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A team of 200 priests comment on daily Gospel

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Liturgical day: Tuesday 23rd in Ordinary Time

1st Reading (Col 2:6-15): Brothers and sisters: As you received Christ Jesus the Lord, walk in him, rooted in him and built upon him and established in the faith as you were taught, abounding in thanksgiving. See to it that no one captivate you with an empty, seductive philosophy according to the tradition of men, according to the elemental powers of the world and not according to Christ. For in him dwells the whole fullness of the deity bodily, and you share in this fullness in him, who is the head of every principality and power. In him you were also circumcised with a circumcision not administered by hand, by stripping off the carnal body, with the circumcision of Christ.

You were buried with him in baptism, in which you were also raised with him through faith in the power of God, who raised him from the dead. And even when you were dead in transgressions and the uncircumcision of your flesh, he brought you to life along with him, having forgiven us all our transgressions; obliterating the bond against us, with its legal claims, which was opposed to us, he also removed it from our midst, nailing it to the cross; despoiling the principalities and the powers, he made a public spectacle of them, leading them away in triumph by it.
Responsorial Psalm: 144
R/. The Lord is compassionate toward all his works.
I will extol you, o my God and King, and I will bless your name forever and ever. Every day will I bless you, and I will praise your name forever and ever.

The Lord is gracious and merciful, slow to anger and of great kindness. The Lord is good to all and compassionate toward all his works.

Let all your works give you thanks, o Lord, and let your faithful ones bless you. Let them discourse of the glory of your Kingdom and speak of your might.
Verscicle before the Gospel (Jn 15:16): Alleluia. I chose you from the world, that you may go and bear fruit that will last, says the Lord. Alleluia.

Gospel text (Lk 6,12-19): Jesus went out into the hills to pray, spending the whole night in prayer with God. When day came, He called his disciples to him and chose twelve of them whom He called apostles: Simon, whom He named Peter, and his brother Andrew, James and John; Philip and Bartholomew; Matthew and Thomas; James son of Alpheus and Simon called the Zealot; Judas son of James, and Judas Iscariot, who would be the traitor.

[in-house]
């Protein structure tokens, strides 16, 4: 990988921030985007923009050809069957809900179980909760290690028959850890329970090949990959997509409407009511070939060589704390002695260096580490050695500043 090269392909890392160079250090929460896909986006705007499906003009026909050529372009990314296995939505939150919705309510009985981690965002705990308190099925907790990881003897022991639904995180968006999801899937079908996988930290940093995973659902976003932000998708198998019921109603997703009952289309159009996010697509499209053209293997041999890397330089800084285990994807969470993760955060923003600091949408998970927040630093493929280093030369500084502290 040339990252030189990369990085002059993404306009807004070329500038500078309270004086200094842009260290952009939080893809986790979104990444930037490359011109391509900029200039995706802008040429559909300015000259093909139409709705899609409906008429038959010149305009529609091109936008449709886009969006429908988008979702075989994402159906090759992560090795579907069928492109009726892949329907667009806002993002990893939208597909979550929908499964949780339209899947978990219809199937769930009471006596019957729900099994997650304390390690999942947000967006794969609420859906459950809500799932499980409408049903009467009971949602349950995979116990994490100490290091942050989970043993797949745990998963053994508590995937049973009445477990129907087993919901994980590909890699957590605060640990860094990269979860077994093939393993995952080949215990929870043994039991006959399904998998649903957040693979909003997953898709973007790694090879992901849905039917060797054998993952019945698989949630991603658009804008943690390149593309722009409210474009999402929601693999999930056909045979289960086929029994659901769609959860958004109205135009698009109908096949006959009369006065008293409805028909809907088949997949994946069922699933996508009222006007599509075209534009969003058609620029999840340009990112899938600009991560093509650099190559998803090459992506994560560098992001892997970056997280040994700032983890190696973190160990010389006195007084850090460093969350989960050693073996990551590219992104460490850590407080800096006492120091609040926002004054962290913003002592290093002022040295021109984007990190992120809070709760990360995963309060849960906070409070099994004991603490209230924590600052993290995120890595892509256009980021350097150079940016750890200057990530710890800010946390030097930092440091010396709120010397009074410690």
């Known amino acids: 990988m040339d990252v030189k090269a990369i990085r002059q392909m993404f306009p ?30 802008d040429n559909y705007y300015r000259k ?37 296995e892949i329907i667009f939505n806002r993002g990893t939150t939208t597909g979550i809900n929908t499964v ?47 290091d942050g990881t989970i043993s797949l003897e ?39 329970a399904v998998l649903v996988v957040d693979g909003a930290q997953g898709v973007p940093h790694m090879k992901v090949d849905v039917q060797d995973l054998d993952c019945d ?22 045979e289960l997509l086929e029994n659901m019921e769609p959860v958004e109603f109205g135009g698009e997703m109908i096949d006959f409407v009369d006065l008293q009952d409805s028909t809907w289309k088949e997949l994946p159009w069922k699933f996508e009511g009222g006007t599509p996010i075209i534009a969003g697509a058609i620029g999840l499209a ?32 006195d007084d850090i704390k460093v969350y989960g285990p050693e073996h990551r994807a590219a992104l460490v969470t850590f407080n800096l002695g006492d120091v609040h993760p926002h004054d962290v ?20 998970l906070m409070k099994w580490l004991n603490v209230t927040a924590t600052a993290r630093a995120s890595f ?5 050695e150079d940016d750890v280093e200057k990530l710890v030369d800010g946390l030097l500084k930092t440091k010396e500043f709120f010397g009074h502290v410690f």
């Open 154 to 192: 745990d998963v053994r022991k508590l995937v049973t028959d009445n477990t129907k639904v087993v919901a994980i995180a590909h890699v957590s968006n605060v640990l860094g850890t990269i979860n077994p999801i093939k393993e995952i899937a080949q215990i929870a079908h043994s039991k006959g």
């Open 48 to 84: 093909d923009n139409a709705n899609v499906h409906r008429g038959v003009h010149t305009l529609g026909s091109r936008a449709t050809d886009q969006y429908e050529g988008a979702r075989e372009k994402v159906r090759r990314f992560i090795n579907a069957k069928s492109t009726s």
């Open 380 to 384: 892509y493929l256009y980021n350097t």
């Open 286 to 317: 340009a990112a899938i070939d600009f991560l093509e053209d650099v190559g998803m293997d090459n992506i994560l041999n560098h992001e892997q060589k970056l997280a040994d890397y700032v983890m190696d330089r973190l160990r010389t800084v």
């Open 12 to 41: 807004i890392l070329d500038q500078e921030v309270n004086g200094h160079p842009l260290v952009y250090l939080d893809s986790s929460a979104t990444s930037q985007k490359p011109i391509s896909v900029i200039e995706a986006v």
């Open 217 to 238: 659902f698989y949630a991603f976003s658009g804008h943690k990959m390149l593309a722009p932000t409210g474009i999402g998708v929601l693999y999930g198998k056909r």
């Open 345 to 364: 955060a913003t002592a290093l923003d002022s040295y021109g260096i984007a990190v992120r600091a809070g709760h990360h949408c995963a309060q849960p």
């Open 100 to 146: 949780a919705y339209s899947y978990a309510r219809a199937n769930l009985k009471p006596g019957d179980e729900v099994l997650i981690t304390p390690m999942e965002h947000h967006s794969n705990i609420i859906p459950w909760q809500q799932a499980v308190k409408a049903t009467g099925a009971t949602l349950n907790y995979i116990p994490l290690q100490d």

Coming down the hill with them, Jesus stood on a level place. Many of his disciples were there and a large crowd of people who had come from all parts of Judea and Jerusalem and from the coastal cities of Tyre and Sidon. They gathered to hear him and be healed of their diseases; likewise people troubled by evil spirits were healed. The entire crowd tried to touch him because of the power that went out from him and healed them all.

«Jesus went out into the hills to pray, spending the whole night in prayer with God»

Fr. Lluc TORCAL Monk of Santa Maria de Poblet
(Santa Maria de Poblet, Tarragona, Spain)

Today, I would like to center our thoughts on the first words of this Gospel: «In those days, Jesus went out into the hills to pray, spending the whole night in prayer with God» (Lk 6:12). Introductions as this one may go unnoticed in our daily reading of the Gospel, while —in fact— they are of the maximum importance. Today, Jesus, specifically and clearly tells us that the election of the twelve apostles —central decision for our Church's future life— was preceded by a full night in prayer alone, before God, his Father.

How was the Lord's prayer? What we can deduce from his life, it must have been a prayer full of confidence in the Father, of complete surrendering to his will —«for I seek not to please myself but him who sent me» (Jn 5:30)—, of clear union to God's work of salvation. Only through this profound, long and constant prayer —supported always by the action of the Holy Spirit that, at the moment of Jesus' Incarnation, had already fallen over him in his Baptism— could the Lord receive the necessary strength and light to go on with his mission of abiding by the Father to accomplish his work of salvation for mankind. The subsequent election of the Apostles —that as St. Cyril of Alexandria says, «the same Christ affirms having given them the same mission He received from the Father»—, shows us how the rising Church was the fruit of Jesus' prayer to the Father in the Holy Spirit and, therefore, the work of the Holy Trinity. «When day came, He called his disciples to him and chose twelve of them whom He called apostles» (Lk 6:13).

If only all our life as Christians —of disciples of God— could always be immersed in prayer and led by it.